In the edge city of Sevran, 10 miles from Paris, a literally broken home is having its leaks and its paint job repaired by its inhabitants. Ahmad (Ali Mosaffa), who ran away four years ago, is returning to finalize his divorce. Director Asghar Farhadi (A Separation) works here with the well-known French movie star Berenice Bejo, giving her a role of superb complexity. Ahmad's soon to be ex Marie-Anne (Bejo) is a pharmacist with two children from two different marriages. Currently, she's seeing Samir (Tahar Rahim), a dry cleaning store operator who has his own young and troubled little boy.
Marie-Anne's impatience with men could never be mistaken for shallowness or sluttiness: under direction this strong, her urge to roam looks like integrity. The dark, fierce Bejo doesn't merely play the kind of person who is certain she's right when she's wrong. Like everyone here she's a manipulator—The Past plays like a version of Dangerous Liaisons in which none of the players have thought out their next move.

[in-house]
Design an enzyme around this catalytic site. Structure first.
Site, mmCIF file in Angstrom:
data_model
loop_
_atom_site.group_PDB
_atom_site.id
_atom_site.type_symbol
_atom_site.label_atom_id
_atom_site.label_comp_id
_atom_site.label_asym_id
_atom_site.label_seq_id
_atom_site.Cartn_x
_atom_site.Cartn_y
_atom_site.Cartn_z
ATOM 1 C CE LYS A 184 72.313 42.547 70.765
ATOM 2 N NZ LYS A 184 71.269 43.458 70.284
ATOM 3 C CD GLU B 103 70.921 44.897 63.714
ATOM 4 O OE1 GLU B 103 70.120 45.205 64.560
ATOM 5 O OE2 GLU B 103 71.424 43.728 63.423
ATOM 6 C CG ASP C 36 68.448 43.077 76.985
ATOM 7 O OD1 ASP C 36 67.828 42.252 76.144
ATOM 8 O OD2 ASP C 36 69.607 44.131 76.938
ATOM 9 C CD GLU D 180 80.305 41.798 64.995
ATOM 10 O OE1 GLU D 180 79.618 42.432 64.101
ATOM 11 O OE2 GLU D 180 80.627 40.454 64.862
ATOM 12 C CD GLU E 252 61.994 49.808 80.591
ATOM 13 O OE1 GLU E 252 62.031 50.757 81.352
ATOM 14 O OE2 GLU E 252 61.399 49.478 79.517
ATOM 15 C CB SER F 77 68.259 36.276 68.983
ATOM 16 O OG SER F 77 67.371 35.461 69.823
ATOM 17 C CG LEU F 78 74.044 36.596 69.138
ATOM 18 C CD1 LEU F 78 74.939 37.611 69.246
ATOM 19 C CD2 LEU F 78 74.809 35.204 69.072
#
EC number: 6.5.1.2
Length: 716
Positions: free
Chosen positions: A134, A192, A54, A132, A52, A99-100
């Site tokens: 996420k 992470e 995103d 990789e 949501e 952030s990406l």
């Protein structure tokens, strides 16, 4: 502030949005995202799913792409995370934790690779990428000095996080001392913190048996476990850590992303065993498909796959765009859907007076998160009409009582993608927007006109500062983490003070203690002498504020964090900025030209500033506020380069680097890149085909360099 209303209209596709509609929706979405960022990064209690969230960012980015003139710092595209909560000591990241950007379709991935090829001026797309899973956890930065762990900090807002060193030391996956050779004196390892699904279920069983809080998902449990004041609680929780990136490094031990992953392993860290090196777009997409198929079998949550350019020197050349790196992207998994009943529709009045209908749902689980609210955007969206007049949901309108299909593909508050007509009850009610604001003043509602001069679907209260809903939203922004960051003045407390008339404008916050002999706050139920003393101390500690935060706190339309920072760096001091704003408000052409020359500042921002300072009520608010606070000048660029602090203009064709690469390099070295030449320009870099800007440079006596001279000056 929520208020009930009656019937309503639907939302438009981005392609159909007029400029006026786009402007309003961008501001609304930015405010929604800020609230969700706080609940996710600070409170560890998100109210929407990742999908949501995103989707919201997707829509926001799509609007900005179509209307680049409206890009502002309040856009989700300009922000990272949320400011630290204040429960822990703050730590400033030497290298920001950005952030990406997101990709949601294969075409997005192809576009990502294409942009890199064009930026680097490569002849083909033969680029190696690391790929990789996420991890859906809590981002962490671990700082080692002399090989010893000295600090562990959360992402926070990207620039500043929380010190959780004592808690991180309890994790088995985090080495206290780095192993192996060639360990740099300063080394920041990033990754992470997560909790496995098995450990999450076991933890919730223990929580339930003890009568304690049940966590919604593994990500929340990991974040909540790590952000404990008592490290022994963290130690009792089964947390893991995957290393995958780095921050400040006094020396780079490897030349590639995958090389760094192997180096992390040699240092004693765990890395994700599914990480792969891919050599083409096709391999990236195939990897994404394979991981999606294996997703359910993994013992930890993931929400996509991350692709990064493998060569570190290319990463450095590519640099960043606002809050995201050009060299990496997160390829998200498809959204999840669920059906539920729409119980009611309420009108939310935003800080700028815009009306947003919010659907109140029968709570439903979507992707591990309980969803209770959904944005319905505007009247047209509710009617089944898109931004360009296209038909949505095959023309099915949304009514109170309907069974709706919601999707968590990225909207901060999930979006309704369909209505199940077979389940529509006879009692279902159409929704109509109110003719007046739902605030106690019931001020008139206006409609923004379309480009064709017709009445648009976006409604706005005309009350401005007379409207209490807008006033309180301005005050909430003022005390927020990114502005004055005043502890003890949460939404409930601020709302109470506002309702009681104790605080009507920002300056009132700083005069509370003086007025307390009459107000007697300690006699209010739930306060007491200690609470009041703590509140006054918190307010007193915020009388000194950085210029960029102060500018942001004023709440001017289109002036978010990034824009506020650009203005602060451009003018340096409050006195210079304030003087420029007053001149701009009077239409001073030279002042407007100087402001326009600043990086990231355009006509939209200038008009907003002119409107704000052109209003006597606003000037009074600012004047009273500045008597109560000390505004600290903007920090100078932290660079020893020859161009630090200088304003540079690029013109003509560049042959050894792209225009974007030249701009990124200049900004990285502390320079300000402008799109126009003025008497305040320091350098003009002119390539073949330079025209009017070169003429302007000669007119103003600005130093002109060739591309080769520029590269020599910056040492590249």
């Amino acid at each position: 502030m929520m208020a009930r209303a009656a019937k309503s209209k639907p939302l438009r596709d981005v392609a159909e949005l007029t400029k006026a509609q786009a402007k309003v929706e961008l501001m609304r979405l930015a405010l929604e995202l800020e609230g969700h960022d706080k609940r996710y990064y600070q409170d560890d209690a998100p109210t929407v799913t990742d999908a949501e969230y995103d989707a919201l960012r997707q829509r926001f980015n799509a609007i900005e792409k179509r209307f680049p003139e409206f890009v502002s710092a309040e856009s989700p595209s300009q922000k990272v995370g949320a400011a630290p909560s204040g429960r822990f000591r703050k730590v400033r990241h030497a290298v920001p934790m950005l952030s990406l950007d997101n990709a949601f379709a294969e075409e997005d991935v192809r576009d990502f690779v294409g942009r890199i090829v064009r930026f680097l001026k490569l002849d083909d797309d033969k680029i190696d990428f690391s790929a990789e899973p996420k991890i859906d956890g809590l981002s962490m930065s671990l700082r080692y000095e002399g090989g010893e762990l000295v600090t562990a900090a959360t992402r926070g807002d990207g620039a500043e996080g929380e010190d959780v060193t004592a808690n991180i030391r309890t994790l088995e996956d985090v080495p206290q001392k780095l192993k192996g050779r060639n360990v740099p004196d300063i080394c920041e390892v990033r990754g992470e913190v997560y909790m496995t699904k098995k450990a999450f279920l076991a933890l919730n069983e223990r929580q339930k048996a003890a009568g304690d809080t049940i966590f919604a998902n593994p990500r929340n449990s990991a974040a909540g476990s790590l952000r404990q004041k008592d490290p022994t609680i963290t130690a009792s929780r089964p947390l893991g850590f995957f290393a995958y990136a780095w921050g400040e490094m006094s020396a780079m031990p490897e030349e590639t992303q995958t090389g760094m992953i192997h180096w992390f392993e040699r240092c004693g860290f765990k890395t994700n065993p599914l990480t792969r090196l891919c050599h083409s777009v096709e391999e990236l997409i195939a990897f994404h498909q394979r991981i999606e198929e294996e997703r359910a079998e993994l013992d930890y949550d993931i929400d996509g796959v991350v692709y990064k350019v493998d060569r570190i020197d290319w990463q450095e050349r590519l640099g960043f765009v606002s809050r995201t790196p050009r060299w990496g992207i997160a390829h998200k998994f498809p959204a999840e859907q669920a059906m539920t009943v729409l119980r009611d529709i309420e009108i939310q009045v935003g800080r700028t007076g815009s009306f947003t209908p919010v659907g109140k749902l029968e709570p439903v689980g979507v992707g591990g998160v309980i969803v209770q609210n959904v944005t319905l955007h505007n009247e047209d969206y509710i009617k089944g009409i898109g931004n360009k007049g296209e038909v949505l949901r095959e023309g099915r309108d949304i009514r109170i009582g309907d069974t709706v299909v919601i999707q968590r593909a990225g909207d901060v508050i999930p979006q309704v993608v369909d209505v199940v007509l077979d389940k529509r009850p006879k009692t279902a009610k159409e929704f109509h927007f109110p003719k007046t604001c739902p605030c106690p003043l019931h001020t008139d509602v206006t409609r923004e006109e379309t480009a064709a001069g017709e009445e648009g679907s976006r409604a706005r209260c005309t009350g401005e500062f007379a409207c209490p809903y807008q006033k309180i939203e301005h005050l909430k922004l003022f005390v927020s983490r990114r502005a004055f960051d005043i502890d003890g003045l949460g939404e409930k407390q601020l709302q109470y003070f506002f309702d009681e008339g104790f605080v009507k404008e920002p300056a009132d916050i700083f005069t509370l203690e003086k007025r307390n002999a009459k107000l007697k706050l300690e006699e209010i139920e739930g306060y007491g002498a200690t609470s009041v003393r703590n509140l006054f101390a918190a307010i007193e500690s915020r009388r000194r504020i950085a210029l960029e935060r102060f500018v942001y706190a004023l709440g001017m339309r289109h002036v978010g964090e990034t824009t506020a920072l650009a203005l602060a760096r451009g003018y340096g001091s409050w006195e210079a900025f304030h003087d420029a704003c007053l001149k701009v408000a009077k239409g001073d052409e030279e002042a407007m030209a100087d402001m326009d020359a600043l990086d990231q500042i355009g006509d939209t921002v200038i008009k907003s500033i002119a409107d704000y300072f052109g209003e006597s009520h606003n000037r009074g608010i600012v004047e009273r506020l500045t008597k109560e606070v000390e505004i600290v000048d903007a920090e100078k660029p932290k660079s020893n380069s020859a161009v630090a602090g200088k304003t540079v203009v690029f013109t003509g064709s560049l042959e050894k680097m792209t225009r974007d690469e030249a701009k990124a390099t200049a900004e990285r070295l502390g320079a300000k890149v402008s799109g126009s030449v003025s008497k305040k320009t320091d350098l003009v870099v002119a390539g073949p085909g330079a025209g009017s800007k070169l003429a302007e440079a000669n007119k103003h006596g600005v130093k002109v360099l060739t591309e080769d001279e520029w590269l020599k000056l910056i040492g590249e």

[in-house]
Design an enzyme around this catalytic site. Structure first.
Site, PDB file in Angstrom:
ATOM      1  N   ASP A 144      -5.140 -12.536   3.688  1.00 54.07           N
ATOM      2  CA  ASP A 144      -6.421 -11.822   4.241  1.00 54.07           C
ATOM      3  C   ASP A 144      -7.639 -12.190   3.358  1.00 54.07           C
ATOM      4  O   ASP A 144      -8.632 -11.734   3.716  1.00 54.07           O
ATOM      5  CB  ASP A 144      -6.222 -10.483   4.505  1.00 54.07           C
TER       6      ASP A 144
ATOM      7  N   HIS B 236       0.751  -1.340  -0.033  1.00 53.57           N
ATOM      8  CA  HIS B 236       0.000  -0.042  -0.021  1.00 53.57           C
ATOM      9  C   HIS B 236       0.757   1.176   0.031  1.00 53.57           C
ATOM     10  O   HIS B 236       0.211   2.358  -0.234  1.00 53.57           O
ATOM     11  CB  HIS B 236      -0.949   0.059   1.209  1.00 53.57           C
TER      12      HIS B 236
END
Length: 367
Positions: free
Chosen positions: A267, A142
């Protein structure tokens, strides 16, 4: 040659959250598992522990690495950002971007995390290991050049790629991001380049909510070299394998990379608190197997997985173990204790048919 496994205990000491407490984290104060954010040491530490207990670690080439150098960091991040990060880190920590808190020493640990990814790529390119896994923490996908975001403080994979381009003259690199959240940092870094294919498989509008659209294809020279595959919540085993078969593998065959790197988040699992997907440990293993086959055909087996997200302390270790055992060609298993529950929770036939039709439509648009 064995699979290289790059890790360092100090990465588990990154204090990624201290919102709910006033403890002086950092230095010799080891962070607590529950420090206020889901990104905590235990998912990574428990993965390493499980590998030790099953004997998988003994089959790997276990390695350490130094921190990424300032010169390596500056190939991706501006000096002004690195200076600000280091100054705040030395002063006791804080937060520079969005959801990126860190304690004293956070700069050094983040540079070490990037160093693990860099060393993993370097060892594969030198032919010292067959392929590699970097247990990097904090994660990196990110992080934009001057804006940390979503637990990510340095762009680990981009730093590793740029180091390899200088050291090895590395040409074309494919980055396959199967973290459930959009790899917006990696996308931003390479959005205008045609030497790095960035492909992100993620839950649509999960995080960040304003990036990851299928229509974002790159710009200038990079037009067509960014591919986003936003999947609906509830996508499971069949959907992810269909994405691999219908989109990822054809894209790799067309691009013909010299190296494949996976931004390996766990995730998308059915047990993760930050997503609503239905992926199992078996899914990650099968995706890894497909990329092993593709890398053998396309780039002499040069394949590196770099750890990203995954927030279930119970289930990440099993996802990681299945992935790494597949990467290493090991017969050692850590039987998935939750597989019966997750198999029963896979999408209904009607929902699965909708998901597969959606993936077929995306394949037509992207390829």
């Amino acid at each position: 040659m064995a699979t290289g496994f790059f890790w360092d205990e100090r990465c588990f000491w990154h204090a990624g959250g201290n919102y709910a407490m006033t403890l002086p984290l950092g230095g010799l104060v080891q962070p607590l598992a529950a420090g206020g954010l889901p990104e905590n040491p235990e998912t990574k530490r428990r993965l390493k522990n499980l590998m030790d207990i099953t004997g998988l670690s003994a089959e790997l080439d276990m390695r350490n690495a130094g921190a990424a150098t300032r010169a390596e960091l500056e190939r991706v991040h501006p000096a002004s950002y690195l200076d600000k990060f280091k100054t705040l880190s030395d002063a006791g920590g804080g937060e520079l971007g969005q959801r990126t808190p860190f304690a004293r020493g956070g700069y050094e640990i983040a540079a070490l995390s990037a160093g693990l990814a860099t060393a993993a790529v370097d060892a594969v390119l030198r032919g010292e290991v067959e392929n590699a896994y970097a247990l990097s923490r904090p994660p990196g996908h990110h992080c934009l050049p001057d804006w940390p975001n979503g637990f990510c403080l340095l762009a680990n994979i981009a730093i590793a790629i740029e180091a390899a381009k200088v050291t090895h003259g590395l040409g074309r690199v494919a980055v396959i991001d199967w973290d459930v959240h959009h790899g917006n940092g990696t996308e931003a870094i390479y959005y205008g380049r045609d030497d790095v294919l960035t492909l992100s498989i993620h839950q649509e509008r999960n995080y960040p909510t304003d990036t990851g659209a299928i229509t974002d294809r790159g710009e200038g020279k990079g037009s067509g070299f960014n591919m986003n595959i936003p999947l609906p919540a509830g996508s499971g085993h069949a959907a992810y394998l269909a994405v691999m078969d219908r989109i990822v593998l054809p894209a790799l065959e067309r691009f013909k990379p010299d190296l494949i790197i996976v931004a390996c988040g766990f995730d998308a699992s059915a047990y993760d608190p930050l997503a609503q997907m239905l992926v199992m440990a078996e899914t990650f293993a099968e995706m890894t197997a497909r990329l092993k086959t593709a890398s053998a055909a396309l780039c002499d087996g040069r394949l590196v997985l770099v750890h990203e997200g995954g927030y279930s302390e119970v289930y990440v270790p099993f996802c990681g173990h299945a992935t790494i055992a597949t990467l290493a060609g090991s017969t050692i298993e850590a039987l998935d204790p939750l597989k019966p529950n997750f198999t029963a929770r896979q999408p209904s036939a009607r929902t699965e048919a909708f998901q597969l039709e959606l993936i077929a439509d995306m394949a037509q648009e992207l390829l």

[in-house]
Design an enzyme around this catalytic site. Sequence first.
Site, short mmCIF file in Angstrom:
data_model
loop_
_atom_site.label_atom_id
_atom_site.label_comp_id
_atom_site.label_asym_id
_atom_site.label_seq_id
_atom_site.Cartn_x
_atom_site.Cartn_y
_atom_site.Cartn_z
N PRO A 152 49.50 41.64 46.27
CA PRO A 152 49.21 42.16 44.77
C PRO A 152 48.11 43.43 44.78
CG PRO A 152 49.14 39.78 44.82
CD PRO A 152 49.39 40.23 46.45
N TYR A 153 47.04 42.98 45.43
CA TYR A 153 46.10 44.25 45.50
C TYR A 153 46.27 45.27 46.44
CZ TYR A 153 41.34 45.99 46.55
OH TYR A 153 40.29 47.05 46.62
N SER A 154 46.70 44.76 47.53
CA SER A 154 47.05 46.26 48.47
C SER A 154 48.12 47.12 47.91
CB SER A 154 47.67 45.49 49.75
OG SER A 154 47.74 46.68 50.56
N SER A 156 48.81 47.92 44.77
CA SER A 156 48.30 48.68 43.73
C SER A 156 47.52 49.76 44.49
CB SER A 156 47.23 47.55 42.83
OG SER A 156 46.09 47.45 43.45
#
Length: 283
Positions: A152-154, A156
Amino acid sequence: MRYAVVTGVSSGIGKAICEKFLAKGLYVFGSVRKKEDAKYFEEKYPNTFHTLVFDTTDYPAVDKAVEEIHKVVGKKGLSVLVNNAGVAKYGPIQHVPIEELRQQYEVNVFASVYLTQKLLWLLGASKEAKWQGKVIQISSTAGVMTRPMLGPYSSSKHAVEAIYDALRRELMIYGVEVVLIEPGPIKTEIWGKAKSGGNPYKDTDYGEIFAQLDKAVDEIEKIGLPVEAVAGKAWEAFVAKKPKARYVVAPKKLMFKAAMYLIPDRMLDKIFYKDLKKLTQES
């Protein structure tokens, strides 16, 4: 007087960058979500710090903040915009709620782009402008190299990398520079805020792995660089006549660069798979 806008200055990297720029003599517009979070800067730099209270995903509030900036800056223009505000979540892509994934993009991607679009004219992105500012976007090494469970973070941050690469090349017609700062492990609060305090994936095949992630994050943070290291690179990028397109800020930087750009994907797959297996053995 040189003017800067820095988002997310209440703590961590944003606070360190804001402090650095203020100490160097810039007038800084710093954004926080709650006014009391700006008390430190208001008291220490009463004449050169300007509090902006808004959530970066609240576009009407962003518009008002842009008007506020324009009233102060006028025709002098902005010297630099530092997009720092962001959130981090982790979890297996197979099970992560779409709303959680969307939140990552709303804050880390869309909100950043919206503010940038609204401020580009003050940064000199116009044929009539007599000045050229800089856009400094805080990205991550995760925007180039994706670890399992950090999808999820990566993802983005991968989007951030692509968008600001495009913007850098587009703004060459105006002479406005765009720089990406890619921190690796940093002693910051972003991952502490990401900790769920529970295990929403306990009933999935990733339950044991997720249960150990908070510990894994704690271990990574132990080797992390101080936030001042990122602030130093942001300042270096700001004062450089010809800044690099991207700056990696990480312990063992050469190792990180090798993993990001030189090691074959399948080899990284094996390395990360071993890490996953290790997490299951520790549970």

The children who get torn up in the process include the excellent Pauline Burlet as Lucie, a character who is one of those rare adolescents with an excuse for a look of dire tragedy.
The Past may ultimately be hill-of-beans problems—hedged by the kitchen sink, the clothesline and the nearby railway tracks. The trains give tension and symbolic violence—a display of mechanical force, a quick escape route to speed away from these family troubles.
In Farhadi's last and better-received film A Separation, we knew who was getting into bed with everyone: the mullah-driven government of Iran. Here the repressions are internalized. Rather than lying to the authorities, the characters are lying to themselves.
If the material seems less momentous than that Iranian hit, Farhadi's style still dazzles. Every scene is pregnant with meaning. Little gestures have to be interpreted by us as clues: the most significant stained dress since the Clinton impeachment, the passive-aggressive way a girl hands a hot teapot to her mother's new man, or the clasp of hands between a husband and his wife. The Past is not a cavalcade of guilt to be cleared with bursts of stagey truth-telling. The Past is rather a morally complex mystery, without a detective to stand outside the drama and identify the one truly guilty party.
PG-13; 130 min.